WHAT TO KNOW ABOUT EMPLOYMENT TAXES IF YOU ARE AN EMPLOYER

If you’re a business owner, the Internal Revenue Service (IRS) wants you to not only pay your company’s share of income, but also to withhold the appropriate taxes for your workers.

According to the IRS, the responsibility for raising and remitting withholding taxes to the Internal Revenue Service lies with both the boss and the employee.

Most of the time, the employer withholds these taxes on behalf of their workers; but, if the employer does not do so, even if the employee is self-employed, it is the employee’s duty to pay these withholding taxes. 

Per the Federal Tax Deposit Requirements, employers shall disclose payroll and job taxes withheld from their workers on an Employer’s Quarterly Federal Tax Return (Form 941) and deposit these taxes in full to an approved bank or financial institution. Employers are also responsible for filing and depositing FUTA returns on a yearly basis.

Employers who intentionally refuse to pay employment taxes can face criminal and civil penalties if they do not follow the employment tax laws.

Jobs taxes come in a variety of forms. As part of your income taxes, you’ll have to deduct, file forms with the IRS, and remit all of those taxes on behalf of your employers, and you’ll have to add to each of them as well. 

What are the employment taxes? 

The IRS employment taxes are taxes that you as an employer, and your employees have to pay to federal agencies. You also might be responsible for paying state taxes, that includes income and for unemployment. 

Federal Income Tax

Employers are required to exempt federal income tax from their employers’ salaries in most cases. Use the employee’s Form W-4, the appropriate process, and the appropriate withholding table mentioned in Publication 15-T, Federal Income Tax Withholding Methods, to find out how much tax to withhold.

Each employee’s federal income tax withholding is determined for each pay period. You’ll need the employee’s total salary for the pay period, as well as the specifics on the W-4, to determine federal income tax withholding. You’ll still require the IRS’s most recent Publication 15: Employer’s Tax Guide.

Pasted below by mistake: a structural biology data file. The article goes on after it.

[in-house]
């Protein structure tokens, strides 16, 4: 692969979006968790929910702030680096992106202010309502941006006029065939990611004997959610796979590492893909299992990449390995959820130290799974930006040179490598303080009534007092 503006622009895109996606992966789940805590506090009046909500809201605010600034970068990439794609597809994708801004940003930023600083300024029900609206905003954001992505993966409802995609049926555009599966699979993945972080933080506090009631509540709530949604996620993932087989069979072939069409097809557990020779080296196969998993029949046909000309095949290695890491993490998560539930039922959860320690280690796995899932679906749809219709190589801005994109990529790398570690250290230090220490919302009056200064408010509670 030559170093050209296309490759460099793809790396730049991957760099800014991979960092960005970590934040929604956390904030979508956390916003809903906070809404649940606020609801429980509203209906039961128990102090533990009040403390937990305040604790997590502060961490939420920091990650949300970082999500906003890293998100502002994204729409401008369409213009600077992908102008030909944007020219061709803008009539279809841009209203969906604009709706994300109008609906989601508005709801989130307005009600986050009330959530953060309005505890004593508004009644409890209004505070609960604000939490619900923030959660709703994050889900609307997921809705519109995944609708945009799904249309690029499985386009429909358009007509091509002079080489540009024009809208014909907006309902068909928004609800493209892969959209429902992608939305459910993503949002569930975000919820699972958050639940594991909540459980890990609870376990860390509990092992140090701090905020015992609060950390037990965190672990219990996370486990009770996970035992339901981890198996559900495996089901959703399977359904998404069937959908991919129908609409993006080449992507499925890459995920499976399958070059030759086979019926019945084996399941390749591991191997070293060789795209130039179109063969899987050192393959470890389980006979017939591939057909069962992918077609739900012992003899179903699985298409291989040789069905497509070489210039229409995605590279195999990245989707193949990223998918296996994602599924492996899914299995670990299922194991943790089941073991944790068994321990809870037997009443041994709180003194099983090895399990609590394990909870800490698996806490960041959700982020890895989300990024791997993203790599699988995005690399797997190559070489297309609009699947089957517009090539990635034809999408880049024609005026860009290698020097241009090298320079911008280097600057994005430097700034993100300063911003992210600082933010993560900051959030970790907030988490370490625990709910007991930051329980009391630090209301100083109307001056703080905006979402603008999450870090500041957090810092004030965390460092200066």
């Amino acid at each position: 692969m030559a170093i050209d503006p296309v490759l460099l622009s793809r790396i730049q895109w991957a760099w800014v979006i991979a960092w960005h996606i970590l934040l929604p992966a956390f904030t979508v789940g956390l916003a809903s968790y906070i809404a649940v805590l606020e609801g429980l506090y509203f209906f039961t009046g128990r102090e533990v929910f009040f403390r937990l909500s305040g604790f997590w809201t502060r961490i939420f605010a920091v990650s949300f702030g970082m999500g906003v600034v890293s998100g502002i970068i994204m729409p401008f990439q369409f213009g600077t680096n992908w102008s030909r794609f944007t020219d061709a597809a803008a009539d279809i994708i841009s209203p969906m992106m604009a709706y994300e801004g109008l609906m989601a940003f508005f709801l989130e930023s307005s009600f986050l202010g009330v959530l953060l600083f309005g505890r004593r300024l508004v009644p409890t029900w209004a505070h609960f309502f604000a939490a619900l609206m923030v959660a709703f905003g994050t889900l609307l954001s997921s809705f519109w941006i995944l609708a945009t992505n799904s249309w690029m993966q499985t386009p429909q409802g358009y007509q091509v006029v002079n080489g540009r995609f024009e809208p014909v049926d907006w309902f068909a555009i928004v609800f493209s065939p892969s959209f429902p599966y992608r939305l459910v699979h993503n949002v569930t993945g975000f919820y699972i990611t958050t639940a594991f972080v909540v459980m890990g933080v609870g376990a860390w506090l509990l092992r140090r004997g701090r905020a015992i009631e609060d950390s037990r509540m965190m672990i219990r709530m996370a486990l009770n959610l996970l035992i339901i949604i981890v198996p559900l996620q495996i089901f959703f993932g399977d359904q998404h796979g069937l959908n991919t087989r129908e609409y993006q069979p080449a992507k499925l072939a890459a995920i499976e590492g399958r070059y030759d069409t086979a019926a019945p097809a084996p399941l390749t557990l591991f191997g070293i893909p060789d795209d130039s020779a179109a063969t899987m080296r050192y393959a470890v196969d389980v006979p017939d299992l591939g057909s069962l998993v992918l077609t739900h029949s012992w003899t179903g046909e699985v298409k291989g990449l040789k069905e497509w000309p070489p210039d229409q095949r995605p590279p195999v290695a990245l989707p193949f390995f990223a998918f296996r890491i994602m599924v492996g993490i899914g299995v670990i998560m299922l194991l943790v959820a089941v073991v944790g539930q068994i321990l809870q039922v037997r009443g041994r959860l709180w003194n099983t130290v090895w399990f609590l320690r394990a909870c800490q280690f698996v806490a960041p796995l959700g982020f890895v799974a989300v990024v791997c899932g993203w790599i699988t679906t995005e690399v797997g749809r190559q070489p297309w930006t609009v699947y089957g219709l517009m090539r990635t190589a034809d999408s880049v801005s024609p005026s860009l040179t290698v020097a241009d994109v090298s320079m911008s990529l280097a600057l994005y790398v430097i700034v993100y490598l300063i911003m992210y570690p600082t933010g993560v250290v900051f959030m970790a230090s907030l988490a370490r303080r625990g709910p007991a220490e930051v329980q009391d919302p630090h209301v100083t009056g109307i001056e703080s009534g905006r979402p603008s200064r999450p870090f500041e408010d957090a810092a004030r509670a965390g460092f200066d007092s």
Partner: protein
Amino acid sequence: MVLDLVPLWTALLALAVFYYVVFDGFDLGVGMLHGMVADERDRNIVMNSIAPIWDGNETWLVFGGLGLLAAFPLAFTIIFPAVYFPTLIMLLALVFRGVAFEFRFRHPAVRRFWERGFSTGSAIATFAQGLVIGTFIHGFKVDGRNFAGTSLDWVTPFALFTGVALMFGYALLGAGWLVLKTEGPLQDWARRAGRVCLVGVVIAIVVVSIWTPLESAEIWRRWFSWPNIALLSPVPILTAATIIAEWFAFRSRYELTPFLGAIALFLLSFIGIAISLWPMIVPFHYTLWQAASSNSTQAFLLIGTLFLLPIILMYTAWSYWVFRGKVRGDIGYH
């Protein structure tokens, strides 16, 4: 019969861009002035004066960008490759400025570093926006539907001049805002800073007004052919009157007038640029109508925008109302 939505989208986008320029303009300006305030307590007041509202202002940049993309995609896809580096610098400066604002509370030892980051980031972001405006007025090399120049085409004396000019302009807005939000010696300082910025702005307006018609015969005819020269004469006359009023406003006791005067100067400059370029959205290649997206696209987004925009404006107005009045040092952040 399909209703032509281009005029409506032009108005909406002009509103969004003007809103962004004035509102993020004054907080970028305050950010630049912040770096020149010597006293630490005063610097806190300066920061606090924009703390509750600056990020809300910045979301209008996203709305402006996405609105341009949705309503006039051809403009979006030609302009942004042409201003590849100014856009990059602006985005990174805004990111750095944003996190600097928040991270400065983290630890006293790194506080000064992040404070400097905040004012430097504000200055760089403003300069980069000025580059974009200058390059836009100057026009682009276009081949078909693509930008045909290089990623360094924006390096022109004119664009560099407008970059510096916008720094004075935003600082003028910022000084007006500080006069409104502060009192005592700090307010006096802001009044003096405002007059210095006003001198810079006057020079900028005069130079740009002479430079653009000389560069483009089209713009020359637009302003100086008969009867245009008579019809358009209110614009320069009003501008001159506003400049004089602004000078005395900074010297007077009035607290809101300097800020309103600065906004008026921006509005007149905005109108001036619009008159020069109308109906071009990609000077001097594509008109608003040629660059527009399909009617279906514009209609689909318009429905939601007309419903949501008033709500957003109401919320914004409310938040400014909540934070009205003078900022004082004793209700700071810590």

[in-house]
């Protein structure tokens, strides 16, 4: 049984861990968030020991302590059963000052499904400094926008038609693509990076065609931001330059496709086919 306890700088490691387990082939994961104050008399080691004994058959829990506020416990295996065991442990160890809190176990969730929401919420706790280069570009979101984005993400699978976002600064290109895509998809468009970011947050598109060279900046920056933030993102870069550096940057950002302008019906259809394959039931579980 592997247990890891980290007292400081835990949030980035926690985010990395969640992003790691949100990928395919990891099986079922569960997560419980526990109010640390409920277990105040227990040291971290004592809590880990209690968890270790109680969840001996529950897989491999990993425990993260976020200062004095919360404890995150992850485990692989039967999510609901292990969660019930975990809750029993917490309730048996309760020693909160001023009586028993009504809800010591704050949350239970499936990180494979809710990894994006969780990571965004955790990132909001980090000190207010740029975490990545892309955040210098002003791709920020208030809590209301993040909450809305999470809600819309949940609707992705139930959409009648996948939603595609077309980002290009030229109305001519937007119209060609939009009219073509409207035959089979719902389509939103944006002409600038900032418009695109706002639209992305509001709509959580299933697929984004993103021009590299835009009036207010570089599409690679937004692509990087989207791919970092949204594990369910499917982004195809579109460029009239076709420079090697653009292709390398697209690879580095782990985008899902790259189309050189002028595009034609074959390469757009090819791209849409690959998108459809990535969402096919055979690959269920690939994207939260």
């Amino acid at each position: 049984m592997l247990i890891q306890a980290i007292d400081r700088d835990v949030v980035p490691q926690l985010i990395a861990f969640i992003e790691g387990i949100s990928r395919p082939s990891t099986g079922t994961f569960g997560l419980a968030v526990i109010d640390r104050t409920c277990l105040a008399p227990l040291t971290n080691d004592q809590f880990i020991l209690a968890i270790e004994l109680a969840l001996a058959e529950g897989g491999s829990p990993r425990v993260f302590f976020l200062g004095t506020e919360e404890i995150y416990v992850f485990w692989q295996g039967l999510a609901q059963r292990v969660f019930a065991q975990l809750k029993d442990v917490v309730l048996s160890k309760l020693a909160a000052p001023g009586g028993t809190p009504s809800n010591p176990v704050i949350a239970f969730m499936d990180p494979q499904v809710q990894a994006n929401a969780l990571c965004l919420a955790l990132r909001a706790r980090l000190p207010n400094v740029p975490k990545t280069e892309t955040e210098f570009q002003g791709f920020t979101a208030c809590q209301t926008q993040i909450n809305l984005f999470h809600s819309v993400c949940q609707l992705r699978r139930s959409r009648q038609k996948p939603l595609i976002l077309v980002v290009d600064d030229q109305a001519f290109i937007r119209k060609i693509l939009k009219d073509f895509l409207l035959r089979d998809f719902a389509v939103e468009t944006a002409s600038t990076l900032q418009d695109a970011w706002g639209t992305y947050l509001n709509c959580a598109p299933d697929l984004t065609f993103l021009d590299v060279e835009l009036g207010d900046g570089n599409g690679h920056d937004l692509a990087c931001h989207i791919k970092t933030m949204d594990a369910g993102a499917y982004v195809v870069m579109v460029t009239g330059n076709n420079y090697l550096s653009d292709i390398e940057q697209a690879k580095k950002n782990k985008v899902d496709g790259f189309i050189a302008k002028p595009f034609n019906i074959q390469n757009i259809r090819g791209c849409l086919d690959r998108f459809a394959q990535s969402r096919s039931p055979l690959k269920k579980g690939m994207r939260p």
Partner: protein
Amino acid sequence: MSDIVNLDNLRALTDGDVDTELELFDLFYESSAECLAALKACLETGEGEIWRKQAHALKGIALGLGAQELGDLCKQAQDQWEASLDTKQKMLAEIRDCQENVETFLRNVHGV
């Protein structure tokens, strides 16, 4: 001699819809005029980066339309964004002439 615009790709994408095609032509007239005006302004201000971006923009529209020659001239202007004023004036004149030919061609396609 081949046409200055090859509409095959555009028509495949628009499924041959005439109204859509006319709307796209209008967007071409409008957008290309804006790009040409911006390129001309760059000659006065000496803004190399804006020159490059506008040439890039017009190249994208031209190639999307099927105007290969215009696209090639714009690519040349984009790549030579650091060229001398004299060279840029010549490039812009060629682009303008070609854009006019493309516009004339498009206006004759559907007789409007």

Your withholdings must be deposited. The deposit conditions, as outlined in Publication 15, differ depending on your company and the volume withheld.

State Income Tax Withholding

Most states levy an income tax and mandate employers to deduct it from workers’ paychecks. There are a few states that have no income tax, while some pay tax on other forms of income, such as equity dividends, but not on work income. Some states use Type W-4 from the federal government, and others have their own. 

Social Security and Medicare Taxes

Employers are required to exclude a portion of social security and Medicare taxes from their employers’ income, and they must also pay a matching fee. Using the employee’s Form W-4 and the strategies mentioned in Publication 15, Employer’s Tax Guide and Publication 15-A, Employer’s Supplemental Tax Guide to figure out how much tax to withhold.

For 2020 and 2021, the social security wage base cap is $137,700 and $142,800, respectively. For these years, the employee social security tax limit is 6.2 percent. 

Employers must collect the Additional Medicare Tax in addition to usual FICA taxes if an employee’s gross taxable salary exceeds $200,000. The extra tax is equal to 0.9 percent of the employee’s taxable salary. As a result, if the employee’s payroll reaches $200,000, you must receive 2.35 percent of the employee’s salary for the remainder of the year for Medicare.

Workers’ Compensation Benefit Funds

Employers are required to contribute to state-run accounts that offer insurance to workers who become sick or injured as a result of their employment. State workers’ compensation regulations restrict these payments, and are funded by workplace donations to state workers’ compensation accounts.

Federal Unemployment (FUTA) Tax

Employers are required to register and pay FUTA tax in addition to federal income tax, social security, and Medicare taxes. Just your own assets are used to pay the FUTA bill. Employees are not required to pay this bill, nor is it deducted from their pay. For more information on the FUTA levy, see Publication 15, Employer’s Tax Guide, and Publication 15-A, Employer’s Supplemental Tax Guide.

The federal unemployment tax is 6% on the first $7,000 of gross wages earned by each employee per pay period.

Many states mandate you to enroll in the state unemployment tax package and pay state unemployment taxes in addition to federal unemployment taxes.

If your state has an unemployment levy, you could be eligible for a federal tax deduction of up to 5.4 percent. The effective rate is approximately 0.6 percent.

Dealing with taxes might be difficult. It’s always better to have an expert by your side to help you. If you need help filling out your taxes or any other accountancy services, feel free to reach out to us.

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